John Charles Williams was only one of a long line of Cornish gardeners who have contributed to the development of plants throughout the nineteenth and twentieth century’s. Sir Charles Lemon of Carclew was one of the first to grow Himalayan rhododendrons; the Rev’d John Townshend Boscowen of Lamorran was one of the few people consulted by the great rhododendron expert W H Mangles in 1880s. Algernon Dorrien Smith was the real founder of the Cornish daffodil trade. Caerhays could not have come into being without the efforts of explorers like Wilson and Forrest, and its success depended a great to a great extent on the support and involvement of the Royal Horticultural Society, Kew, Edinburgh and the Arnold Arboretum. After JC’s death his work was carried on by George Johnstone of Trewithen and by the Bolitho family of Trengwainton and Trewidden. The plant life of China is still being explored, and new plants are being introduced into Cornwall thanks to the work of Nigel Holman of Chyverton and Tom Hudson of Tregrehan. New varieties of daffodil continue to delight.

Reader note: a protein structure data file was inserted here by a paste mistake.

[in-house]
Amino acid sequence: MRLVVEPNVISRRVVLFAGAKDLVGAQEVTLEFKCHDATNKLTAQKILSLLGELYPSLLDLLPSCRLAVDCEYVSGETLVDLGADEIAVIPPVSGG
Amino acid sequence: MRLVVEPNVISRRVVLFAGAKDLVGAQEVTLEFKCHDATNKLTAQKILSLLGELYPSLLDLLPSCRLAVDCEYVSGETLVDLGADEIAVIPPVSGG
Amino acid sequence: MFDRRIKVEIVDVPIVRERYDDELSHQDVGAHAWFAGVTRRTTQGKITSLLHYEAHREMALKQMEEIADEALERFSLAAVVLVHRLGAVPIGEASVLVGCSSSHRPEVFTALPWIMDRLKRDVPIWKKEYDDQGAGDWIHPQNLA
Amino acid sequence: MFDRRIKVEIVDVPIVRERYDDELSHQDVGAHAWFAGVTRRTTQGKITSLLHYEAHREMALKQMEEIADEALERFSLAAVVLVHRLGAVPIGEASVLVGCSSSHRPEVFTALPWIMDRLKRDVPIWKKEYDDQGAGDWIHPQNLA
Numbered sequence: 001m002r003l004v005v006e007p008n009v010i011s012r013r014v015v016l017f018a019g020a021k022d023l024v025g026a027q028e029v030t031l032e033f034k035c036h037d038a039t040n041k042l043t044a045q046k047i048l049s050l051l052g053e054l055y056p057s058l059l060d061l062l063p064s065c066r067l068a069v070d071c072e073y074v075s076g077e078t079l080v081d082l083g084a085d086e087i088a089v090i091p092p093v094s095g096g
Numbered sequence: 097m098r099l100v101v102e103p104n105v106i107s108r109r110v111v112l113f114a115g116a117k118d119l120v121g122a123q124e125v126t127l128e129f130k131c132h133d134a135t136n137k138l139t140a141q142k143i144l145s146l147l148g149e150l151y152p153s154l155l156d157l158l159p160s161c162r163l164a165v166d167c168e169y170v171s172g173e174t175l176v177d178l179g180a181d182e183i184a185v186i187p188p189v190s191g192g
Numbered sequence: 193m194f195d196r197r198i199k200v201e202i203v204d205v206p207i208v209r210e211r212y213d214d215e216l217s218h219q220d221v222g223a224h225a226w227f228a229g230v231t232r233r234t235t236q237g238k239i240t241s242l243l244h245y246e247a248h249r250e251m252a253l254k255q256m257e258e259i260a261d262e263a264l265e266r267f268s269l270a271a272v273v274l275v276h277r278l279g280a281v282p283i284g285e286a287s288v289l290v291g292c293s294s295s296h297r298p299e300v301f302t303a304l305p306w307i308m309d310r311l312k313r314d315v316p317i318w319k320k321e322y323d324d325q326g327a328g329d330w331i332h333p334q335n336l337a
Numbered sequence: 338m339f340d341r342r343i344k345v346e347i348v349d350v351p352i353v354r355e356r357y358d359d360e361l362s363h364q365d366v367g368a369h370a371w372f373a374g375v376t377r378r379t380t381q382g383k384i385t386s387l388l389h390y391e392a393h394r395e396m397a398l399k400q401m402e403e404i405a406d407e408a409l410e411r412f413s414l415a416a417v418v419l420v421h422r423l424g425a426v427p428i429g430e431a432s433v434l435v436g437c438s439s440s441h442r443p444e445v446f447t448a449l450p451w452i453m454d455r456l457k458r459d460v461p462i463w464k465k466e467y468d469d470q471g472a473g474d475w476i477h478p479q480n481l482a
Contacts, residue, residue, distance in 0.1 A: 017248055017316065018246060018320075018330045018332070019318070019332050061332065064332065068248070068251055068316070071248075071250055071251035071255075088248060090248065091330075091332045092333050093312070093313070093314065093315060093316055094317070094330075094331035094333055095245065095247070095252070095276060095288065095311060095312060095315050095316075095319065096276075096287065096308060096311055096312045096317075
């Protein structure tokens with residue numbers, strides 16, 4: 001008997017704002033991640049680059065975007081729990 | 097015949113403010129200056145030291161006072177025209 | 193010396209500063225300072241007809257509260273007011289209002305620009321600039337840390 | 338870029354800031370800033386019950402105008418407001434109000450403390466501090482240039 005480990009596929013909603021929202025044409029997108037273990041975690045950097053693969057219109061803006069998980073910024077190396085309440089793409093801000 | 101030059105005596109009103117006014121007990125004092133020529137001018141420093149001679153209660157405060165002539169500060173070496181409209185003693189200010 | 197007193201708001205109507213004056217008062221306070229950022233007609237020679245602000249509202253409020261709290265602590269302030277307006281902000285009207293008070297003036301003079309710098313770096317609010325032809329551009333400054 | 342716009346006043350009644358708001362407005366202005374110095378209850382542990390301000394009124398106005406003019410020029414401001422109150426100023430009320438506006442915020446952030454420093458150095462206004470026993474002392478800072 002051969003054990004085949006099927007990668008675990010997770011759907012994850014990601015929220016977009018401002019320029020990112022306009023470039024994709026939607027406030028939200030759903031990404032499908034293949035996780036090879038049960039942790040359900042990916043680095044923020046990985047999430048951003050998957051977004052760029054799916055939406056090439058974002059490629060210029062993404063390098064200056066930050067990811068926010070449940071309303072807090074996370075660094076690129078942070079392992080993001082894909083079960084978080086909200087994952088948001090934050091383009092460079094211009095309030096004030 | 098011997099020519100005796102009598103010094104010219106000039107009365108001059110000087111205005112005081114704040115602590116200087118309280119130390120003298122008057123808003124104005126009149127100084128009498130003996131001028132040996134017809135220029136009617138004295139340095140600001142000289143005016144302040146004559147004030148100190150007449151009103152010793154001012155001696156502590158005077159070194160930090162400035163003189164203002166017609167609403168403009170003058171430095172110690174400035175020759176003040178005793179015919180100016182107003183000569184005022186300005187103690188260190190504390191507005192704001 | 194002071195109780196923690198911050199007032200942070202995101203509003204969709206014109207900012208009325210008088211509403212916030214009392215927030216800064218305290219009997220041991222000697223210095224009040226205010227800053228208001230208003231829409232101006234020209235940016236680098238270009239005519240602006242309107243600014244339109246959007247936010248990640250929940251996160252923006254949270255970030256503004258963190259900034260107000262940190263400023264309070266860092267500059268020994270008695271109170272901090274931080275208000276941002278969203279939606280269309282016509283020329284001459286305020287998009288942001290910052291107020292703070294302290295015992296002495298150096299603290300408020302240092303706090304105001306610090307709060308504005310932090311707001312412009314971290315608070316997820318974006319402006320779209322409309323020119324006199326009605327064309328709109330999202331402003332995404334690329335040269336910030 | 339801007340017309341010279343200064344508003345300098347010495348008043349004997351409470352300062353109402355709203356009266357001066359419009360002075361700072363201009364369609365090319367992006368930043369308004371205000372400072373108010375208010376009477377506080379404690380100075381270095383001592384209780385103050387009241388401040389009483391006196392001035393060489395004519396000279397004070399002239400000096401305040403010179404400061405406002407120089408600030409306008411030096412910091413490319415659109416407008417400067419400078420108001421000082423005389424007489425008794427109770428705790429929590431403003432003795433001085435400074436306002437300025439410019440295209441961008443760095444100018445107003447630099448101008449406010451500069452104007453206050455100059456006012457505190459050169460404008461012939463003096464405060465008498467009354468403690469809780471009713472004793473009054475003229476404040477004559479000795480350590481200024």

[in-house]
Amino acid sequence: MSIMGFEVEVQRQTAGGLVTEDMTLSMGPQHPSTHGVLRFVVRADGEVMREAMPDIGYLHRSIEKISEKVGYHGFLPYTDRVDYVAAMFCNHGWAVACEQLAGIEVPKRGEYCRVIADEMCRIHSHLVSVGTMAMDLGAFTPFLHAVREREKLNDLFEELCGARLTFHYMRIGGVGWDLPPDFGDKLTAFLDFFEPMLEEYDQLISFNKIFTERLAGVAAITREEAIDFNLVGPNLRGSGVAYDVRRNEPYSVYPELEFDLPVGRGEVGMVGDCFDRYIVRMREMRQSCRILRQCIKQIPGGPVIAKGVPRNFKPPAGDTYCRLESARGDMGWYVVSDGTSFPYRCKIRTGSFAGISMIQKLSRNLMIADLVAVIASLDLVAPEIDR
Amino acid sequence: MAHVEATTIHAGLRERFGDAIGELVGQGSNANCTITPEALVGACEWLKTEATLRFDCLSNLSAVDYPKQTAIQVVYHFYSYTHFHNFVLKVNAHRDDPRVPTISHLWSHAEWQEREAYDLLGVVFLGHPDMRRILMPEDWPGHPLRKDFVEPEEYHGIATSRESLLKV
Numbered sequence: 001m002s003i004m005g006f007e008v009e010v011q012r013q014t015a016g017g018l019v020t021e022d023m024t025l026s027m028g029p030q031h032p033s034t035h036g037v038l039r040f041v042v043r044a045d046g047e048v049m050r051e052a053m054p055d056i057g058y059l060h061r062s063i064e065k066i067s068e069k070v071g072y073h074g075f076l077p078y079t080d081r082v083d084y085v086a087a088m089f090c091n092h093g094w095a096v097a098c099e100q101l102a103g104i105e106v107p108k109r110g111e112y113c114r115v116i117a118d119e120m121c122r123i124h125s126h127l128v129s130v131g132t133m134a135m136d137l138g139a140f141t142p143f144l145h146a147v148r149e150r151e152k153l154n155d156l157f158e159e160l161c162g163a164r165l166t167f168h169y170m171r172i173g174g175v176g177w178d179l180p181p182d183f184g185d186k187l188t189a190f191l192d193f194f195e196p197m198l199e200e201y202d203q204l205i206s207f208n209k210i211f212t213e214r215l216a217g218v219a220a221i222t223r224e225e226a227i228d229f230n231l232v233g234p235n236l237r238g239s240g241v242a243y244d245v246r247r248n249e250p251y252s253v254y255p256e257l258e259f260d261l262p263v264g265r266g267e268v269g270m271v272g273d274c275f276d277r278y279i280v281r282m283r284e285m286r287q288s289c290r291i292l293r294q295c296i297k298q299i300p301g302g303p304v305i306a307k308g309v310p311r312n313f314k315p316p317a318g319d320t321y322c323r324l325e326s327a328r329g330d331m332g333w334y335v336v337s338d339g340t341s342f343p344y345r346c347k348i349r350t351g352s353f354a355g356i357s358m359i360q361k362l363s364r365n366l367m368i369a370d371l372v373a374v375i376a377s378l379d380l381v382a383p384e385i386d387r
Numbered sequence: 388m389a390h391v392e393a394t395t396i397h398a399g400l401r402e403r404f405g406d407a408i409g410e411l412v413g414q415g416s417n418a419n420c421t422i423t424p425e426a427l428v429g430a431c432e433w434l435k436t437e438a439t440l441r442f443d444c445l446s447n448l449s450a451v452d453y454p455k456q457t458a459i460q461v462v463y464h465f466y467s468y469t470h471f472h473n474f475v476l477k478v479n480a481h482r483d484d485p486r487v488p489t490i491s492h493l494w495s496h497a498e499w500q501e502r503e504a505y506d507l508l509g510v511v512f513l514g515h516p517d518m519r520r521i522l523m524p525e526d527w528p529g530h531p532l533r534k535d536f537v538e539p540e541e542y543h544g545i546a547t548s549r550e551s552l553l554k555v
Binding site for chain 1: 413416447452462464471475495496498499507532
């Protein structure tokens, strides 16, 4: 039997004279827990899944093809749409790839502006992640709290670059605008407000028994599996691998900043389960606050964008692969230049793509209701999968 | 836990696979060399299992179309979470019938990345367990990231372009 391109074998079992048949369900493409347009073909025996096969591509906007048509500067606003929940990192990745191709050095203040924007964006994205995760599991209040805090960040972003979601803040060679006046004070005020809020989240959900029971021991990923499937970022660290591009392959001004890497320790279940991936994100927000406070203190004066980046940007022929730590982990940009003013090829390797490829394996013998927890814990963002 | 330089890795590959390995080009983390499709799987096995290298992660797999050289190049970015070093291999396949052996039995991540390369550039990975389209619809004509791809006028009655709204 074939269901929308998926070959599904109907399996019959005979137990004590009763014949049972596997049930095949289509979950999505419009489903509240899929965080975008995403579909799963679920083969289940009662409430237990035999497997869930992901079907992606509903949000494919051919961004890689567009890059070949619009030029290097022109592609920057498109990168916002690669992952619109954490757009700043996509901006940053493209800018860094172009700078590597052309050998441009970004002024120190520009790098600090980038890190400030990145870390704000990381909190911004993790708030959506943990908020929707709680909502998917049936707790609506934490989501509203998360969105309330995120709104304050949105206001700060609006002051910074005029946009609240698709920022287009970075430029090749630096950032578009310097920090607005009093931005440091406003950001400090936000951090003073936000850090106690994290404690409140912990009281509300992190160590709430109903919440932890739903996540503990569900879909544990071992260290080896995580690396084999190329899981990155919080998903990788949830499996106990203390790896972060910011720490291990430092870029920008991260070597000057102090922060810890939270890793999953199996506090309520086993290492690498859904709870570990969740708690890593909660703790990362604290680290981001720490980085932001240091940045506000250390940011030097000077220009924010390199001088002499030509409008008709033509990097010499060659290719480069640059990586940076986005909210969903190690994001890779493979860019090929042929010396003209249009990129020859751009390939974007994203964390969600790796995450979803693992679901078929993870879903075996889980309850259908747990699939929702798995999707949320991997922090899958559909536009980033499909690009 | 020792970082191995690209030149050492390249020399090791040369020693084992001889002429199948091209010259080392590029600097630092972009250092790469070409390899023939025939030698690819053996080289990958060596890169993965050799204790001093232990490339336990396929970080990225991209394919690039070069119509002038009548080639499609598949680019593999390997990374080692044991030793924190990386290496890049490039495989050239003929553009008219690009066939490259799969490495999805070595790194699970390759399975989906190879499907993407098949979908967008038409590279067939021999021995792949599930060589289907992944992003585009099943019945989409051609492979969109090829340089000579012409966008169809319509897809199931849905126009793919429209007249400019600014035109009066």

But it was J C Williams who founded and fostered many of these links and friendships, and whose dedication and enthusiasm ensured the success of many experiments in hydridisation: his legacy is evident every springtime in the sights and scents of Cornwall’s gardens.

APPENDIX 1

J C WILLIAMS’ DAFFODILS

[taken from the International Daffodil Register and Classified List 1998. Numbers are as identified in the register. It should be remembered that none of these were named by J C Williams]

FCC: First Class Certificate; N: named before date given.
AM©: qualified for cutting; AM (G): for garden decoration; AM (P): for cultivation in pots; AM (M): for cutting in the open.
FA: Forcing Award (Holland)

32 Adamant  N 1945, AM (G) 1952, FCC (G) 1953
61 Andromeda N 1908
79 Arlington N 1945
102 Baltic  N 1945
103 Bandicoot N 1910
108 Bartley  N 1934, AM (G) 1946, FCC (G) 1949, AM (P) 1981
114 Bedouin N 1908, AM (Holland) 1912, AM (G), AM) 1914
115 Beeswax N 1945
145 Bramble N 1945
167 Caligula N 1908
199 Charm  N 1908
250 Crescendo N 1945, AM (G) 1952 
252 Croesus N 1912, FCC1912, AM (G) 1914, AM (Holland) 1914 FA (Holland) 1933
281 Dido  N 1930
295 Dragoon N1913
364 Fleetwing N 1907
367 Florinda N 1931
385 Gadfly  N 1910
412 Glorious N 1923, AM(C) & (G) 1923, AM (Holland) 1926, FCC (C) & (M) 1926,
   Kirton FCC (G) & (M) 1934, AM (G) 1936
423 Golden King N 1913
431 Goldilocks N1937
485 Hospodar N 1914  Firebrand X King Alfred C (G) 1936
490 Hypatia N 1910